Sunday, May 11, 2008
There were some rocky moments for the 10 business-school students responsible for investing $1.2 million in a fund belonging to the University of Maryland.
In September, they bought shares of Fannie Mae, the mortgage lender that last week declared a $2.2 billion quarterly loss. "Total disaster," said College Park student Jonathan Steele, 28, who analyzes the financial sector.
They increased their holdings in Citigroup, Wachovia and E-Trade Financial, which have all felt the impact of falling home values and rising foreclosures. "Big mistake," said Bill Song, 32, one of two portfolio managers.
Still, when the fiscal year ended on March 31 for the Mayer Fund, it had a total return of 0.57 percent, according to preliminary figures. Other professionally managed funds, such as Putnam's Voyager Fund, were in negative territory. In fact, the Mayer Fund beat its benchmark, the Standard and Poor's 500 stock index, which lost ground during the period.
"We spanked their butts," Song said while practicing the speech he plans to make during his annual report to the dean of the Robert H. Smith School of Business. (It is unclear whether the spanking or butts will make it into the speech.)
While the professionals were reeling from the market downturn, these investment gurus-in-training were eking out a profit -- eking being the operative word. Still, in this volatile market, it wasn't bad for a bunch of second-year MBA students. "When they outperform their benchmark by that much, they've had a great year," said Sarah Kroncke, a lecturer in the school's department of finance and the fund's faculty adviser, after watching the students run through their presentation last week.
In doing so, they underscored this basic tenet of investing: Do your research. As investment guru-already-made Warren E. Buffett said, "Never invest in a business you cannot understand."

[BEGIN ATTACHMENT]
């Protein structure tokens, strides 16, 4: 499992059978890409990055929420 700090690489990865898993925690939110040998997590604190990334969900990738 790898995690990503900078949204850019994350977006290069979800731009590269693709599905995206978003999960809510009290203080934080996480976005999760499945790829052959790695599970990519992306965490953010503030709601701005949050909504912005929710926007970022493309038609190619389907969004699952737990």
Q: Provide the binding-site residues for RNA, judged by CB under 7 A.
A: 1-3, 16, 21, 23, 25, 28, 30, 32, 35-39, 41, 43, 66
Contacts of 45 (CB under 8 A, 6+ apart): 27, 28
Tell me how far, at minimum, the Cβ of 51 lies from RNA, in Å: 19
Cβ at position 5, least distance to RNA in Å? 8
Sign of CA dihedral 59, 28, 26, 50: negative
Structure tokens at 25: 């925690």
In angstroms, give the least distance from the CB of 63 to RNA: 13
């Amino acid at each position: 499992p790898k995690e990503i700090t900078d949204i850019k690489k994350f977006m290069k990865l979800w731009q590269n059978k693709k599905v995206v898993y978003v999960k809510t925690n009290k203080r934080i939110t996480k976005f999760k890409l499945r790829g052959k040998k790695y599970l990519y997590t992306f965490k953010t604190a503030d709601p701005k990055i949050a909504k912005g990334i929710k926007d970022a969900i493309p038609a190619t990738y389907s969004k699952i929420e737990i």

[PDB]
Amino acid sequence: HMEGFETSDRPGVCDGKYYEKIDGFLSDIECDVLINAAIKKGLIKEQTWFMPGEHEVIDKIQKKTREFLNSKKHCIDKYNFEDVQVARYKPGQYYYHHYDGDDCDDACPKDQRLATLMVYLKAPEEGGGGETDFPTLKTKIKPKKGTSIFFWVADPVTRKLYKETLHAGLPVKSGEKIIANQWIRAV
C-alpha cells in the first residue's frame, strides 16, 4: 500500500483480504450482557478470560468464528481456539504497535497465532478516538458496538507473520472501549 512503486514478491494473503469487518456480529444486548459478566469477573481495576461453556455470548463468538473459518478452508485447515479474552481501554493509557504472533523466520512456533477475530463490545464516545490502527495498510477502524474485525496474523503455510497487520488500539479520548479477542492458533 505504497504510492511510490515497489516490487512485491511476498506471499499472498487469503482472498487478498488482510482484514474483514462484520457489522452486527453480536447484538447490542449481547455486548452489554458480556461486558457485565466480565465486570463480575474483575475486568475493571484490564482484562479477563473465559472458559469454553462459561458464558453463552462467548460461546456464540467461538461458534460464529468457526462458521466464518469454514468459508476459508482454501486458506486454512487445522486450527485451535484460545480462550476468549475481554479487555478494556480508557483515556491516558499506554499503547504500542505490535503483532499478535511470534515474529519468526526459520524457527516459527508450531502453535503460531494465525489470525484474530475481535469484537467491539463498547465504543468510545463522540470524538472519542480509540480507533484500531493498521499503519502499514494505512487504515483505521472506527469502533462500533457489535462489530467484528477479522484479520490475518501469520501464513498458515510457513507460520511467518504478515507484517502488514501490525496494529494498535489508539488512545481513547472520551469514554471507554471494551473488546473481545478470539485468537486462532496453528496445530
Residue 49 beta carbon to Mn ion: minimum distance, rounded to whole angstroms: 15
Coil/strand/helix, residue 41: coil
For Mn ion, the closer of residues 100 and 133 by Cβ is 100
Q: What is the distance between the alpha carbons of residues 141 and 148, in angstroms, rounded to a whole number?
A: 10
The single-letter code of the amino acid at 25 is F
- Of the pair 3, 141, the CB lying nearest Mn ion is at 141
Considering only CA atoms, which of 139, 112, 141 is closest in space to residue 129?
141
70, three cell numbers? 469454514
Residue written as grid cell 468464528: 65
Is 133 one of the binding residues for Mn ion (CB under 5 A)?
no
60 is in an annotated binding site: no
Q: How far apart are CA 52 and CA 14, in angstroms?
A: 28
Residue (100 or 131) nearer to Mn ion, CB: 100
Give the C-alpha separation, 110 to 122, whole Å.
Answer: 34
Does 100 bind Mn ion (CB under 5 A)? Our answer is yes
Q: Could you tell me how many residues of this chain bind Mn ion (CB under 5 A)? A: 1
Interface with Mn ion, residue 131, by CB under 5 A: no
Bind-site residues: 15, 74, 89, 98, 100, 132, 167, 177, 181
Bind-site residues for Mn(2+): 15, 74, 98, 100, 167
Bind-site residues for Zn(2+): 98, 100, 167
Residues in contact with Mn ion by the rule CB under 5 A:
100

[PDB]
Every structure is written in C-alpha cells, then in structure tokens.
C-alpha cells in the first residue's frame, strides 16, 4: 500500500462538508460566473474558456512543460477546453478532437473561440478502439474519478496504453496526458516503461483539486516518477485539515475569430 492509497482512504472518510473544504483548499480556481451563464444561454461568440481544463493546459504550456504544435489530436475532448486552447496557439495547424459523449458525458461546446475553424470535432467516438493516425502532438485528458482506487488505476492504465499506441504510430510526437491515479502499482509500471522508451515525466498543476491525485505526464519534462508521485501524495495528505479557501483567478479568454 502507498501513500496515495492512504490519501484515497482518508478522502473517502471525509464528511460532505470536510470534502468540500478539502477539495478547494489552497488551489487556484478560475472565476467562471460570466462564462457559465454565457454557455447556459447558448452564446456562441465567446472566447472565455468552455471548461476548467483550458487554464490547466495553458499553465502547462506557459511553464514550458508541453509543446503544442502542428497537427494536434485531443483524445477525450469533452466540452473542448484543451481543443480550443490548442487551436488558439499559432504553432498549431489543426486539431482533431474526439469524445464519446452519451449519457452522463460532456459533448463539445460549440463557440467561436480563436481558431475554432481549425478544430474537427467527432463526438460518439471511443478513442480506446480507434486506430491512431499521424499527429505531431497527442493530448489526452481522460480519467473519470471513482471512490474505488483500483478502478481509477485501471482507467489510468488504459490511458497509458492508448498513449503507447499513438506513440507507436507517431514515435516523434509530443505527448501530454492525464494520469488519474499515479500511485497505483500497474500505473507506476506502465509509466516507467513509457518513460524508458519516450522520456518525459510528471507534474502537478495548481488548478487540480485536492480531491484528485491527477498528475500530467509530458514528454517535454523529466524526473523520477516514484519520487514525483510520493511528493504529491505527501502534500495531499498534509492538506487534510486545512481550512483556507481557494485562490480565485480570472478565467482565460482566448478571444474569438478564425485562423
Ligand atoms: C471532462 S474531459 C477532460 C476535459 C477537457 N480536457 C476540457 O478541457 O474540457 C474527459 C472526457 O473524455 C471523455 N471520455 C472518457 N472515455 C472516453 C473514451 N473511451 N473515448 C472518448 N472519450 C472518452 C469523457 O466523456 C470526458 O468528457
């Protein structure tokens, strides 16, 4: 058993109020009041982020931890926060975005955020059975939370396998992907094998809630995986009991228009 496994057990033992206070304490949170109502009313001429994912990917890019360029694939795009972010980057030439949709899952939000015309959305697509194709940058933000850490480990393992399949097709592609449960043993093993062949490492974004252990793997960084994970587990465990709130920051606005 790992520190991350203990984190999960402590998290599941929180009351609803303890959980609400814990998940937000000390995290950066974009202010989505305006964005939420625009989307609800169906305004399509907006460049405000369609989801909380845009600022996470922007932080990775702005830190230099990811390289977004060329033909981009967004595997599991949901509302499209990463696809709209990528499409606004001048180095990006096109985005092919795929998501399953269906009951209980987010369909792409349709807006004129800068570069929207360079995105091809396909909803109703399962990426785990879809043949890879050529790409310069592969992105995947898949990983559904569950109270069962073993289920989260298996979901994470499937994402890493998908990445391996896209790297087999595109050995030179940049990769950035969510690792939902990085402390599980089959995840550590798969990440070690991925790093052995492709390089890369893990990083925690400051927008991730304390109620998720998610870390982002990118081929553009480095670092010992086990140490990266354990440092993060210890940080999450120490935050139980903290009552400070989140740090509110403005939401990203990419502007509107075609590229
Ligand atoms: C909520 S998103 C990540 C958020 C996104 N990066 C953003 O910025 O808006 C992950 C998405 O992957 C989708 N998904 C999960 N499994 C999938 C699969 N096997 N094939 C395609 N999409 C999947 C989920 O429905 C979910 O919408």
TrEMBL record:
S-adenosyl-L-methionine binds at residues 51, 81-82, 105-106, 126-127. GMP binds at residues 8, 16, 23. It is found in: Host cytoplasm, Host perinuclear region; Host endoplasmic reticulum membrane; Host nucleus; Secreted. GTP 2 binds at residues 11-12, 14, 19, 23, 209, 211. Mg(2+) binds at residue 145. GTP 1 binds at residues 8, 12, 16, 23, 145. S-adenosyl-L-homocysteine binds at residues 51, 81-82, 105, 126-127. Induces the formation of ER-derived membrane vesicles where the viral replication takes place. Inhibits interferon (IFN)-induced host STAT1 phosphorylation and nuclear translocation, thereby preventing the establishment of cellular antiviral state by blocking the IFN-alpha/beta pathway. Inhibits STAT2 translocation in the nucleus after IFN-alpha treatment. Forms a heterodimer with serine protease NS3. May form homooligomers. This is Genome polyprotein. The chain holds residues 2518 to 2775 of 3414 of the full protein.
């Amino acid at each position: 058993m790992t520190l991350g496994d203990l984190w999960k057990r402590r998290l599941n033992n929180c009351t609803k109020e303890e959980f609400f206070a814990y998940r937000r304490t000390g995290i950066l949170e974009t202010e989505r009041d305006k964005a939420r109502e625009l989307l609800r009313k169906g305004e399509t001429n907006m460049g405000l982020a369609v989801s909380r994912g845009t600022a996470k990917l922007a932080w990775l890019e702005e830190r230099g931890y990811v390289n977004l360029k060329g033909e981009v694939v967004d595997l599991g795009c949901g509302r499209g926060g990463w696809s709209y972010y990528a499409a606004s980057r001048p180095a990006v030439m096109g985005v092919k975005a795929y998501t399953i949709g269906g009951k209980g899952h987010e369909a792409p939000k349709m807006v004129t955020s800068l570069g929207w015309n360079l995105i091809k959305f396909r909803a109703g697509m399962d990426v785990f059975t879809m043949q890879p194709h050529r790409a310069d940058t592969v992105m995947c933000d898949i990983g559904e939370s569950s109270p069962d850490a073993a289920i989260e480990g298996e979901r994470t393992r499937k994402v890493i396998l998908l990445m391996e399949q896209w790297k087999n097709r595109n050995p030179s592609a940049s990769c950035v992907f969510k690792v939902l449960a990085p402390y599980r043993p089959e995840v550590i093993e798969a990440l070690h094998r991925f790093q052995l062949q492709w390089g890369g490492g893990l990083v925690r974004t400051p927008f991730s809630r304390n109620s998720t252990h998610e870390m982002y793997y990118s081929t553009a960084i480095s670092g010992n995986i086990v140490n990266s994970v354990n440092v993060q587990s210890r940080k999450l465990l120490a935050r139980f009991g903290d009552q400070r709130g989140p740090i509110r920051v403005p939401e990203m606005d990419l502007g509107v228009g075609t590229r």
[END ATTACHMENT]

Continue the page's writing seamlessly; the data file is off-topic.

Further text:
That advice has certainly been heeded by the two portfolio managers and eight sector analysts who run the Mayer Fund, financed through the business school's endowment and with profits earned by classes that have come and gone since 1993.
Each analyst pitched four stocks during the year and had to persuade not just a majority but the entire group to buy. They spent many hours researching the companies, reading Securities and Exchange Commission filings, looking at trading data, studying acquisitions and comparing them to others in the industry. "We get into the nitty-gritty of the company," said Song, an Iraq war veteran who plans to work for Wachovia Securities after he graduates later this month.
Investment clubs such as the Mayer Fund have become a popular tool for business schools across the country to teach students how to become future Buffetts -- or, at the very least, well-educated investors. More than 200 universities now have such student-run investment funds, ranging from several hundred thousands of dollars to several millions. Twenty-five years ago, there were only about six, said Larry Belcher, president of the Association of Student Managed Investment Programs and chairman of the finance department at Stetson University in Florida.
The theory is that students will learn more if they're not just sitting in a classroom learning about, well, theory.
"You can teach kids how to manage money, you can teach them theory about portfolio management, you can give them play money and run simulations, but what you can't do with those vehicles is teach them fiduciary responsibility," Belcher said. "What we're seeing is that schools want experiential learning, and . . . they want to train students exactly the way they'll be working."